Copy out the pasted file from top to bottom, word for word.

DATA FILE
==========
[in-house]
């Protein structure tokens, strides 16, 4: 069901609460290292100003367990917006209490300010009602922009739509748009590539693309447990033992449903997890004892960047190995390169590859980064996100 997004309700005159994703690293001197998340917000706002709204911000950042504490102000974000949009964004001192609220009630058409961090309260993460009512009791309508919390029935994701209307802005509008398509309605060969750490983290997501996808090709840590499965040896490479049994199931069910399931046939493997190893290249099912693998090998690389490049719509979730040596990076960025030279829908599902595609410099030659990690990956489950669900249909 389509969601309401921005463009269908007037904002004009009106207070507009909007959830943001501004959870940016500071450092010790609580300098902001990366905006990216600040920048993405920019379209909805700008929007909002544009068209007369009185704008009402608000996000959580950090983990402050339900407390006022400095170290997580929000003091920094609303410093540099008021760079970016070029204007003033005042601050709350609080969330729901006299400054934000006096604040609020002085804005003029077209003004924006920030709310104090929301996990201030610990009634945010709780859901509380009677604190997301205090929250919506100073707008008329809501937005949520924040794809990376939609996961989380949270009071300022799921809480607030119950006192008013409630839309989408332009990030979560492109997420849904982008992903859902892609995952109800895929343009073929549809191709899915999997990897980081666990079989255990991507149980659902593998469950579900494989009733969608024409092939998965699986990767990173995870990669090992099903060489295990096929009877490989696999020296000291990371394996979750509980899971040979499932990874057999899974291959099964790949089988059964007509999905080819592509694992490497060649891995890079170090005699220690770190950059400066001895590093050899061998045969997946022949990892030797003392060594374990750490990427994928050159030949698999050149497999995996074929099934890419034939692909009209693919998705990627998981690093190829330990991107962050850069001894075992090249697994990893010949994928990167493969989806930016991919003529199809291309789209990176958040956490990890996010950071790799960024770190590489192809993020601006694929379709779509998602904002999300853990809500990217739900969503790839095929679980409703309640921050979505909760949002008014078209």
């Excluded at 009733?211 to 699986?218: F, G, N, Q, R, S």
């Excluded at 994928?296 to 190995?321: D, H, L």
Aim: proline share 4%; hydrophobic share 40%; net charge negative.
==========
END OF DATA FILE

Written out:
[in-house]
């Protein structure tokens, strides 16, 4: 069901609460290292100003367990917006209490300010009602922009739509748009590539693309447990033992449903997890004892960047190995390169590859980064996100 997004309700005159994703690293001197998340917000706002709204911000950042504490102000974000949009964004001192609220009630058409961090309260993460009512009791309508919390029935994701209307802005509008398509309605060969750490983290997501996808090709840590499965040896490479049994199931069910399931046939493997190893290249099912693998090998690389490049719509979730040596990076960025030279829908599902595609410099030659990690990956489950669900249909 389509969601309401921005463009269908007037904002004009009106207070507009909007959830943001501004959870940016500071450092010790609580300098902001990366905006990216600040920048993405920019379209909805700008929007909002544009068209007369009185704008009402608000996000959580950090983990402050339900407390006022400095170290997580929000003091920094609303410093540099008021760079970016070029204007003033005042601050709350609080969330729901006299400054934000006096604040609020002085804005003029077209003004924006920030709310104090929301996990201030610990009634945010709780859901509380009677604190997301205090929250919506100073707008008329809501937005949520924040794809990376939609996961989380949270009071300022799921809480607030119950006192008013409630839309989408332009990030979560492109997420849904982008992903859902892609995952109800895929343009073929549809191709899915999997990897980081666990079989255990991507149980659902593998469950579900494989009733969608024409092939998965699986990767990173995870990669090992099903060489295990096929009877490989696999020296000291990371394996979750509980899971040979499932990874057999899974291959099964790949089988059964007509999905080819592509694992490497060649891995890079170090005699220690770190950059400066001895590093050899061998045969997946022949990892030797003392060594374990750490990427994928050159030949698999050149497999995996074929099934890419034939692909009209693919998705990627998981690093190829330990991107962050850069001894075992090249697994990893010949994928990167493969989806930016991919003529199809291309789209990176958040956490990890996010950071790799960024770190590489192809993020601006694929379709779509998602904002999300853990809500990217739900969503790839095929679980409703309640921050979505909760949002008014078209």
């Excluded at 009733?211 to 699986?218: F, G, N, Q, R, S």
């Excluded at 994928?296 to 190995?321: D, H, L």
Aim: proline share 4%; hydrophobic share 40%; net charge negative.